GRAND FORKS, N.D. — The people of Grand Forks, N.D. know better than most that coming back from a major disaster takes time. Two and a half years ago, they suffered through a devastating flood and a terrible fire. Once they got people in housing again, they decided to concentrate their energy on rebuilding their downtown area.
Downtown Grand Forks was a sea of misery, a $1.5 billion mess. The section most damaged by the flood and fire is now a park. The rest of the area is under construction.
Everywhere you look, there are new sidewalks, new facades, fresh coats of paint, the buzz of heavy equipment.
Like some of the roads in eastern North Carolina, many of the streets in downtown Grand Forks were badly damaged by flooding. Two and a half years later, they are still in pretty bad shape.
The roads were left for last, because officials knew they would have a lot of heavy construction traffic. So, the streets get repaved last.
"In addition to bringing your community back and helping your people, you've got to rebuild your tax base," says Grand Forks Mayor Pat Owens.
To do that, the city made rebuilding its downtown a priority. And leading the way was theGrand Forks Herald, which burned in the fire.
"We wanted to put something on the skyline of Grand Forks that gave people hope," explains publisher Mike Maidenberg.
The paper moved its presses, but rebuilt its offices bigger and better than before. But they are one of a handful.
There are still many vacant and boarded-up storefronts. They are two-and-a-half-year-old Band-Aids covering lasting damage from the record flood.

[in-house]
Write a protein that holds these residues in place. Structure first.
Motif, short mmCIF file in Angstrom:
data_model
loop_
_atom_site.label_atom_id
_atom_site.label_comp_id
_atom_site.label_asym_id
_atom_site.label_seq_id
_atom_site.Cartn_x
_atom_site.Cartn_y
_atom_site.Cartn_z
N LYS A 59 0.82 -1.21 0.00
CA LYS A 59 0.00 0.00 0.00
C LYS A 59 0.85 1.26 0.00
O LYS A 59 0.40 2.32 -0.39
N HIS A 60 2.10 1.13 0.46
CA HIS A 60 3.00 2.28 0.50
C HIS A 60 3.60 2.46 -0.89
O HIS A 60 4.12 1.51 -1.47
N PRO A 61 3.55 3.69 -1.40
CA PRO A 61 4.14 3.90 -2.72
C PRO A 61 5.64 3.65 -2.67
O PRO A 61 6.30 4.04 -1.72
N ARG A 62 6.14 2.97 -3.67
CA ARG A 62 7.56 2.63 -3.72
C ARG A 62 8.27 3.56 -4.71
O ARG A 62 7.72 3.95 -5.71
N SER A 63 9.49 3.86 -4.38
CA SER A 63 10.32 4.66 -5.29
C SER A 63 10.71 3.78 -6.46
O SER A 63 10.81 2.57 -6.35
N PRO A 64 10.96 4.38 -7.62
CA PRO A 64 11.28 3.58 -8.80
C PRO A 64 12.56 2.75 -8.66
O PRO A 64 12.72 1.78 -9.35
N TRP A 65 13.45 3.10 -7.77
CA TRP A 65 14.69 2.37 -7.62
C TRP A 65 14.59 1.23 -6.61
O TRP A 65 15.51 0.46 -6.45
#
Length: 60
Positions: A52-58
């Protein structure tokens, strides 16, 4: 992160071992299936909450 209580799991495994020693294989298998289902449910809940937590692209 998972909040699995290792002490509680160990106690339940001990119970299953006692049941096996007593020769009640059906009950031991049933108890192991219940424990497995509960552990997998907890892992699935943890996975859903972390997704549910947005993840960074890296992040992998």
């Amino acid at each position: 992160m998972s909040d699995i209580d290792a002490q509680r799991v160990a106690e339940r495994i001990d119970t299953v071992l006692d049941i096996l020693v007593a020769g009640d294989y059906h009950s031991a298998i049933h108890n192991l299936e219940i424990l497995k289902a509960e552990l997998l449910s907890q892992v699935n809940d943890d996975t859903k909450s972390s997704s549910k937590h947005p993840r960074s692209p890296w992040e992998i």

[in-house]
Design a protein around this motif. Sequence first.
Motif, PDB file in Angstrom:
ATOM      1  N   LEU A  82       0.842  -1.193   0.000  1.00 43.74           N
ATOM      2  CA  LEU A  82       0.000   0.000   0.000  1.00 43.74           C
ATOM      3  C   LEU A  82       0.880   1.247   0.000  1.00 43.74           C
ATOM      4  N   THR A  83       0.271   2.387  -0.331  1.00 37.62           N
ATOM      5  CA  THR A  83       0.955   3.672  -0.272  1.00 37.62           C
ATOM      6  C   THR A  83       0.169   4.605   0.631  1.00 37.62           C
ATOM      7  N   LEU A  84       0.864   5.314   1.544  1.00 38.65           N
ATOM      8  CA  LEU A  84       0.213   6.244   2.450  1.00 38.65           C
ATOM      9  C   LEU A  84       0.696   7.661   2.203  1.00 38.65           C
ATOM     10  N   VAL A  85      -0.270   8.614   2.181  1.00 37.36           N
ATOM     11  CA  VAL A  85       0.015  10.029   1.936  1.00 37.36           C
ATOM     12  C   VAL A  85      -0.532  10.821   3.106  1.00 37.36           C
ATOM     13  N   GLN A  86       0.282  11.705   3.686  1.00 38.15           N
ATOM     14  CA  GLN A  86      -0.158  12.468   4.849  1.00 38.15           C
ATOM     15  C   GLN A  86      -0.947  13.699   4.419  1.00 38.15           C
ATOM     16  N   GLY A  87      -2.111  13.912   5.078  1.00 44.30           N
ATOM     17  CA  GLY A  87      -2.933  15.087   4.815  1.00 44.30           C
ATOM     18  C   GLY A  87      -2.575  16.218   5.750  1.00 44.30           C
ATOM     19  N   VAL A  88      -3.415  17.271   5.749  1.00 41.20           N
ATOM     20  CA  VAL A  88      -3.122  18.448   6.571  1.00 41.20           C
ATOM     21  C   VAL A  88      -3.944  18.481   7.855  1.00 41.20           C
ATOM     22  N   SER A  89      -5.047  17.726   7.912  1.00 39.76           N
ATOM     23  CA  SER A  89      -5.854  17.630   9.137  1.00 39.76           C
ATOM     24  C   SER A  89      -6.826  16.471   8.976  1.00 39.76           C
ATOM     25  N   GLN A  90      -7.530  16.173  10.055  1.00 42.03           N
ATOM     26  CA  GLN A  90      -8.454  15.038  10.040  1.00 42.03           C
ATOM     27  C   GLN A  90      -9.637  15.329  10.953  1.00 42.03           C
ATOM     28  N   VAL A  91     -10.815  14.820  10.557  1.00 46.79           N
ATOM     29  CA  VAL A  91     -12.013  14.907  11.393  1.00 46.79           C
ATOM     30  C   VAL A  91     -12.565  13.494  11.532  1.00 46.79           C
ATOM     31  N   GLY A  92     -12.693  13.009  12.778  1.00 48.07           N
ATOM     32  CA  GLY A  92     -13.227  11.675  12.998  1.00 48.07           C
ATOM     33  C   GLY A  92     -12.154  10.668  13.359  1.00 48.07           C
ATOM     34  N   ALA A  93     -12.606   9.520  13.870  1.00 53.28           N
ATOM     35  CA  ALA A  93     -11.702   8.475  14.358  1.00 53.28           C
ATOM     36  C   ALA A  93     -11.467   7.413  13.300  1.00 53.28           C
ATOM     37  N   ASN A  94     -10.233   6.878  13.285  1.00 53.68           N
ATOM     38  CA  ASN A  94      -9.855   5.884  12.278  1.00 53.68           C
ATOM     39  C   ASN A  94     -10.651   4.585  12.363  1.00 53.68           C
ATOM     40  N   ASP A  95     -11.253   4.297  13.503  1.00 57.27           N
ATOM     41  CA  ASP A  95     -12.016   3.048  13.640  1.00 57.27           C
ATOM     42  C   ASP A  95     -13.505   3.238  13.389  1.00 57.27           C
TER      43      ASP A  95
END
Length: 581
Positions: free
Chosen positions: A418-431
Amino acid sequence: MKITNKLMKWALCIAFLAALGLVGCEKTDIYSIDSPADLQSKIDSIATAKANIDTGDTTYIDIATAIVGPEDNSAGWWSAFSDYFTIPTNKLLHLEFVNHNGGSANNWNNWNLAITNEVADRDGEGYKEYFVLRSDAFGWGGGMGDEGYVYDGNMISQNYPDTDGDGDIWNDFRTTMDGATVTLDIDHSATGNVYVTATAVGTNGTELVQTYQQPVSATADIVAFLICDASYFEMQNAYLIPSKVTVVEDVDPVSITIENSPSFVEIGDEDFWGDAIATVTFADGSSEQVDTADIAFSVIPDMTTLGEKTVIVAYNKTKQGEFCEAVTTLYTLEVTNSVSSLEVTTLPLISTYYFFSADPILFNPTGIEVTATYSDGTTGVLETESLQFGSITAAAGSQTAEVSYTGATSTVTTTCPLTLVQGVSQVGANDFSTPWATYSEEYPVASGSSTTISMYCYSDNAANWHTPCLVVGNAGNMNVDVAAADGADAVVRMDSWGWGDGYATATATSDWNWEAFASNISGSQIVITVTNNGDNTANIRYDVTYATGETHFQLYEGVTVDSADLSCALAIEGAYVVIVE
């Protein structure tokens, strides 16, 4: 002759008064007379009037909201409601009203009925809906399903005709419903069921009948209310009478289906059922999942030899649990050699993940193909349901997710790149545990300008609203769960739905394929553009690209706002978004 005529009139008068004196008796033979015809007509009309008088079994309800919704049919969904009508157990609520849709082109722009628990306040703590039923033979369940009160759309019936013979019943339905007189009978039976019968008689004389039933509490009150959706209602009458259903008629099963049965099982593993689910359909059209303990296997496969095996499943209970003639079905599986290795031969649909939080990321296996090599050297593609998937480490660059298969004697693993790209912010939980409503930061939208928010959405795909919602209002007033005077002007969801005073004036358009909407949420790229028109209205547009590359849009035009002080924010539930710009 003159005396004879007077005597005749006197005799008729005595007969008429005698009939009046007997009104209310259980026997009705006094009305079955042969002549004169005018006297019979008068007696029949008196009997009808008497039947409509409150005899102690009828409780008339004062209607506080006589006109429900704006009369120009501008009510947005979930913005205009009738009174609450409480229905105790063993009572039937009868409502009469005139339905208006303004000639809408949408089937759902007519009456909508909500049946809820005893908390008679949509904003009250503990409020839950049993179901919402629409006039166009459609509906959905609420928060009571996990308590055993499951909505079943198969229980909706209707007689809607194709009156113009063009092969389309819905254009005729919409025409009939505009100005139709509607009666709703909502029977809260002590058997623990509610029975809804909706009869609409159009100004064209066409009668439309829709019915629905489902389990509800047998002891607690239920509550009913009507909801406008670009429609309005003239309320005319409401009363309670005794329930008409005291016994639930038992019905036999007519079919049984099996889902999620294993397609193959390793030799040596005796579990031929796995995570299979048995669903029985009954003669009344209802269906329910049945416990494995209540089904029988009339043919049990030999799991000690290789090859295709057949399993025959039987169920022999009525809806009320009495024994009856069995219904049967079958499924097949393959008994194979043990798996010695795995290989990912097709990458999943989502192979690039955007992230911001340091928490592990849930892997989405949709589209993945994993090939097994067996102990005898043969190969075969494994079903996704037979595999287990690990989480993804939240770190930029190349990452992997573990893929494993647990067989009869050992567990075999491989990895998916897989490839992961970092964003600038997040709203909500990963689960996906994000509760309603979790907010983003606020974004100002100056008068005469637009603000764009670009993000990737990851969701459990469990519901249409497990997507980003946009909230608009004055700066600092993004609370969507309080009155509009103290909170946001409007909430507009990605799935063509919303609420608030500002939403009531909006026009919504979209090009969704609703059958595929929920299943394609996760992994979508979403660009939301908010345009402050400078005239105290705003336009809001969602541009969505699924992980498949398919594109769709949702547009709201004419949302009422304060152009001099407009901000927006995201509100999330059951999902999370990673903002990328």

"Our vision can't happen fast enough. We can't make the buildings come up fast enough. You can't bring the people back to housing fast enough," Maidenberg says.
Owens agrees. "There's a lot of creativity going on downtown. But it does take time, and it takes money."
Grand Forks is spending the majority of its $171 million in HUD funds downtown. It is also offering $870,000 in grants to businesses. And there is a $350 million dike project; $63 million is being paid by people in Grand Forks to guard the future for a newer, safer, brighter downtown.
"We really did the best that we possibly could. And mistakes are made," Owens says. "But you can't keep beating yourself for them, or you'll never recover."
When will Grand Forks declare itself healed? When will the paper run a headline that says, "We've Recovered"?
"In two or three years, we could run that for downtown," Maidenberg says. "I think in maybe three or four years, we could run that for the people who are building the new housing in the southern part of town."
"And then for many people, we'll never be able to run that headline, because they will not have recovered," he says. "That's one of the tragedies of floods is that some people get hurt so bad that they cannot recover. And that is a tragedy, but that is reality also."
Despite the flood and fire, the Grand Forks Herald never missed a day of publication. Its new Corporate Center Building will open in a few weeks and will provide up to 1,200 new jobs in the downtown area.